Susie Bruce: The Impact Of Social Media On The College Athlete

Susie Bruce, M.Ed., is the Director of the University of Virginia’s Gordie Center, which works to end hazing and substance misuse among college and high school students nationwide through evidence-informed, student-tested resources. She has 30 years of experience in collegiate health promotion, with expertise in the social norms approach, peer education, and curriculum infusion. She also directs the APPLE Training Institutes - the leading national strategic training program for substance misuse prevention and health promotion for student-athletes and athletics departments.

There is no question that social media creates peer pressure for student-athletes.

Early in the recruiting process, prospective student-athletes are asked for their social media handles. This can be a great avenue for students to showcase their stats and personality but is also fraught with risks. We’ve all heard stories of students who have had offers rescinded when a school did a deep dive on their social media history and found concerning posts from the past. The pressure to have a polished, “perfect” image starts in high school and escalates in college, especially so for student-athletes who are often in the public eye.

We know that social media platforms are designed to keep people engaged on the channel, even though many now have built-in reminders to “take a break.” So even if people recognize the negative impacts on their mental health, it requires significant effort to change behavior. The public “performance of perfection” inhibits young adults’ natural development. This is a time in life when people naturally take risks and try out new things. When everything is documented and dissected, it can keep students from taking on difficult challenges if they think they might fail and be embarrassed – with a huge group of followers watching and commenting.

Students who spend a lot of time on social media often have misperceptions of how prevalent drinking is because many social influencers focus on alcohol use as part of their “brand.” It can make it seem like everyone is drinking when you see so much positive engagement with alcohol-focused posts. Posts that always have alcohol in the background can have the same effect.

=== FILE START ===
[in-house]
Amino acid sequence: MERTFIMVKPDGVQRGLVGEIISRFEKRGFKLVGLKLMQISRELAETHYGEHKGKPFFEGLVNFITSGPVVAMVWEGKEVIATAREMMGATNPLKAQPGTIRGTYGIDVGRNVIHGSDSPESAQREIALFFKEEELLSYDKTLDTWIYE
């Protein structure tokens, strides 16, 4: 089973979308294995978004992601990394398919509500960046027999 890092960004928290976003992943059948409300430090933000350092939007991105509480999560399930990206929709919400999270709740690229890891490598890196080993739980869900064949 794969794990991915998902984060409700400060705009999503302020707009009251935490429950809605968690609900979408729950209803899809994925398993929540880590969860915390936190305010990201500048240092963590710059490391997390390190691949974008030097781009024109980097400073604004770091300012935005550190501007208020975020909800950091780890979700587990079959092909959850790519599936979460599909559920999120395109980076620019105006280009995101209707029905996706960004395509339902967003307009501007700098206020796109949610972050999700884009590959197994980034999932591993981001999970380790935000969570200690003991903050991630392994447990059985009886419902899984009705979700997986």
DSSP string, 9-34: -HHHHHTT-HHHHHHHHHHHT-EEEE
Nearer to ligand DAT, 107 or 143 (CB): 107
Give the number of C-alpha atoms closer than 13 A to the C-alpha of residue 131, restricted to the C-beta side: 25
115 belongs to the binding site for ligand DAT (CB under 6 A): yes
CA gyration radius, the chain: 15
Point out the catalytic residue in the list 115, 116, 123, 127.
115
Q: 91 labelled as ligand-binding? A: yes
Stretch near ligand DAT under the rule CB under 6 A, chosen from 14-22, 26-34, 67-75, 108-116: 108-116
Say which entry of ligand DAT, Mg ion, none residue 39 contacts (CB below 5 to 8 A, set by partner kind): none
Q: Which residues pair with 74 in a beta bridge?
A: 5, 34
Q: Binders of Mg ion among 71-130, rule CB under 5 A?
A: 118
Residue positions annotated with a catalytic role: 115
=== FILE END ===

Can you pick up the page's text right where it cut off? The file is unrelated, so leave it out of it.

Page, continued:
Harmful behaviors, like hazing, draw in many viewers to watch the spectacle and it can be hard to turn away or scroll past them. These images desensitize students to the very real harms of hazing and make it easier for toxic behaviors to spread quickly to geographically dispersed campuses, groups, and athletic teams. Students see hazing practices they wouldn’t know about otherwise.

Social media consumers usually don’t see the negative psychological impact of hazing on individuals or the consequences for the organization – they just see the shocking images. One impact of documenting hazing on social media is that it can make it easier to hold groups accountable. For student-athletes, the personal risks of posting or having images shared by others are greater as they can lose their competition season and any scholarships.

The good news is that many school systems, even in elementary school, are teaching digital citizenship. Most students receive at least some education on what is and is not appropriate to post online, how to report cyberbullying, and the nature of “if you post it, it’s forever.” It’s so important for students to hear these messages early before the desire for peer approval is a dominant driver of behavior.

There’s no one answer or magic wand. Prevention requires a comprehensive approach, and we need to meet students where they are – which is on their phones! Providing credible, accurate health information on social media platforms is essential. The challenge is that algorithms push the most excessive behaviors into students’ feeds. Providing significant quantities of “wholesome” content can help counter all the hazardous images.

For a start, norms realignment education, which focuses on showing accurate data on how many students do not drink or don’t drink in hazardous ways, can counter the misperception that getting wasted is an essential part of the college experience. Providing examples of ways to build a team up in healthy ways, that don’t threaten anyone’s safety, is also important. Many students lacked opportunities for in-person group bonding during the pandemic and positive team cultures can quickly be lost. The Gordie Center has a number of educational Instagram campaigns and 1-minute videos that schools can share on their accounts and even edit to include local resources.